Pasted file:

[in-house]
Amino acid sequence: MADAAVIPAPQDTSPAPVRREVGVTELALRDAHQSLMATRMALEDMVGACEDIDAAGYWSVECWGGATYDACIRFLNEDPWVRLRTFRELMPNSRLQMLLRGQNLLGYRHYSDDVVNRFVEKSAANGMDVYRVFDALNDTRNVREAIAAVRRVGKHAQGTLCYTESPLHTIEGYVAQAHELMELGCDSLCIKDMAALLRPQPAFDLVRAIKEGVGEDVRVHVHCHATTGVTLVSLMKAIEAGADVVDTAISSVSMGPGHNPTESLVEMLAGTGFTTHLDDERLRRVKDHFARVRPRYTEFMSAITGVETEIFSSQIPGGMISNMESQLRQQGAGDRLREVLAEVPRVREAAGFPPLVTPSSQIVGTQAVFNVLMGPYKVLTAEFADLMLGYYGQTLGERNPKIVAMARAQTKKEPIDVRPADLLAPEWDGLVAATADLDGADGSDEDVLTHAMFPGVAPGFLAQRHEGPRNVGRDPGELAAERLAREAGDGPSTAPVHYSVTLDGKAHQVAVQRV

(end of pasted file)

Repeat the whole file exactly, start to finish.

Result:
[in-house]
Amino acid sequence: MADAAVIPAPQDTSPAPVRREVGVTELALRDAHQSLMATRMALEDMVGACEDIDAAGYWSVECWGGATYDACIRFLNEDPWVRLRTFRELMPNSRLQMLLRGQNLLGYRHYSDDVVNRFVEKSAANGMDVYRVFDALNDTRNVREAIAAVRRVGKHAQGTLCYTESPLHTIEGYVAQAHELMELGCDSLCIKDMAALLRPQPAFDLVRAIKEGVGEDVRVHVHCHATTGVTLVSLMKAIEAGADVVDTAISSVSMGPGHNPTESLVEMLAGTGFTTHLDDERLRRVKDHFARVRPRYTEFMSAITGVETEIFSSQIPGGMISNMESQLRQQGAGDRLREVLAEVPRVREAAGFPPLVTPSSQIVGTQAVFNVLMGPYKVLTAEFADLMLGYYGQTLGERNPKIVAMARAQTKKEPIDVRPADLLAPEWDGLVAATADLDGADGSDEDVLTHAMFPGVAPGFLAQRHEGPRNVGRDPGELAAERLAREAGDGPSTAPVHYSVTLDGKAHQVAVQRV